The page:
The herb valerian may be useful to combat the insomnia sometimes caused by dysthymia, and ginseng may benefit low energy levels. Aromatherapy, acupuncture, and other complementary therapies could also be tried.
Regular exercise is important for everyone, but can be particularly beneficial to people with dysthymia. Exercising releases the ‘happy’ chemicals called endorphins, and increases self-esteem. It will also help counteract overeating and promote good sleep.
For many people, the support of friends and family is invaluable in learning to cope with their dysthymia. Nevertheless, help and support from strangers can sometimes be easier to receive, and this is where support groups come in. Community-based support groups help many people to share their feelings, find friendship, and develop coping skills. Belonging to a dysthymia support group, together with psychotherapy, can substantially improve the chances of recovery.
Can dysthymia affect children?
Dysthymia is present in up to five per cent of children and eight per cent of adolescents. While the main symptom in adults is sadness, children and adolescents often display anger or irritable mood. It can have consequences on children’s social skills and education, later impacting on professional life and setting in place a vicious circle which may later trigger major depression.
As children with dysthymia often have multiple problems, treatment should involve a range of measures together with adequate support for the parents or caregivers.
Hopes for recovery
A full recovery from dysthymia is slow and not guaranteed, but around 70 per cent of patients do recover after four years. Of these, 50 per cent are likely to have a recurrence, so it may be sensible to continue with the successful measures which led to recovery.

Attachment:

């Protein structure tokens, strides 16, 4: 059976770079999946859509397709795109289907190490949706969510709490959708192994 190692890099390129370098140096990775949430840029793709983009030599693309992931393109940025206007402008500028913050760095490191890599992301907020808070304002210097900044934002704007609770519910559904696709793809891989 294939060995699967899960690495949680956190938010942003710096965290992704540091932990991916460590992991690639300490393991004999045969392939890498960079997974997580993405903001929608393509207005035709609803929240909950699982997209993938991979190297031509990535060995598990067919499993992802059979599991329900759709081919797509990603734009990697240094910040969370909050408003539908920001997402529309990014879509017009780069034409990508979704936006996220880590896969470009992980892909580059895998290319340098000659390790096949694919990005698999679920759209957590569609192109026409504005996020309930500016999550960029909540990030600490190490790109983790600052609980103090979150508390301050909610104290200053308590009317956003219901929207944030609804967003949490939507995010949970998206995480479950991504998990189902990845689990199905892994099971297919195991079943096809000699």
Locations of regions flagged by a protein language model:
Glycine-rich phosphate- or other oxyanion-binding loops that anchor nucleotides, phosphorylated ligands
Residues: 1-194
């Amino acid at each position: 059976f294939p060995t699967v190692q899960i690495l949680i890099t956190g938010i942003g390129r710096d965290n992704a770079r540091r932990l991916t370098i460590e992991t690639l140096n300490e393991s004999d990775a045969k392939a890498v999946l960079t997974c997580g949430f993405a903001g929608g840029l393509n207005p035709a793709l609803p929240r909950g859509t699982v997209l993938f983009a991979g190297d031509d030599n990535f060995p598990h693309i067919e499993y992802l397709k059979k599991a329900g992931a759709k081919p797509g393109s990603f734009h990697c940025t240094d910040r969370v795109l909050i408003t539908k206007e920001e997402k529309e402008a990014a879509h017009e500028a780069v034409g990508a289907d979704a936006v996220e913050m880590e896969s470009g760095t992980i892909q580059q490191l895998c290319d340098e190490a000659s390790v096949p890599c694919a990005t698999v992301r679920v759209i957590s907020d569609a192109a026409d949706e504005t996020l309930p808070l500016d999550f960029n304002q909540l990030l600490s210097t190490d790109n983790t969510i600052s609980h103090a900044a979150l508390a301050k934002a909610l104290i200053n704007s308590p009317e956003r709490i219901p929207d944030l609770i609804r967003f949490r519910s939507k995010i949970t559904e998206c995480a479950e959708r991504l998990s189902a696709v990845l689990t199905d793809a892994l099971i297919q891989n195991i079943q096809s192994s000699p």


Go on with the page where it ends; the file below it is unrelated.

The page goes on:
A final word
Although depression can be devastating to all areas of a person’s everyday life, many people still believe that they should be able to shake off the symptoms by themselves. Because of this, people with dysthymia may not recognize that they have a treatable disorder or may avoid seeking treatment because of feeling shame or stigma. But, even if it takes several months, the majority of people can be helped to feel better.
Lastly, do call your doctor if your symptoms worsen or don’t improve despite treatment, or if you have thoughts of death or suicide.
Depression and Bipolar Support Alliance
800-826-3632 (toll free)
Depression Awareness, Recognition, and Treatment Program of the National Institute of Mental Health
MacArthur Foundation Initiative on Depression and Primary Care
National Alliance for the Mentally Ill
800-969-6642 (toll free)
American Psychiatric Association
Collingwood, J. (2005). Advice for Coping with Chronic Depression. Psych Central. Retrieved on January 28, 2015, from http://psychcentral.com/lib/advice-for-coping-with-chronic-depression/0003
Last reviewed: By John M. Grohol, Psy.D. on 30 Jan 2013
Published on PsychCentral.com. All rights reserved.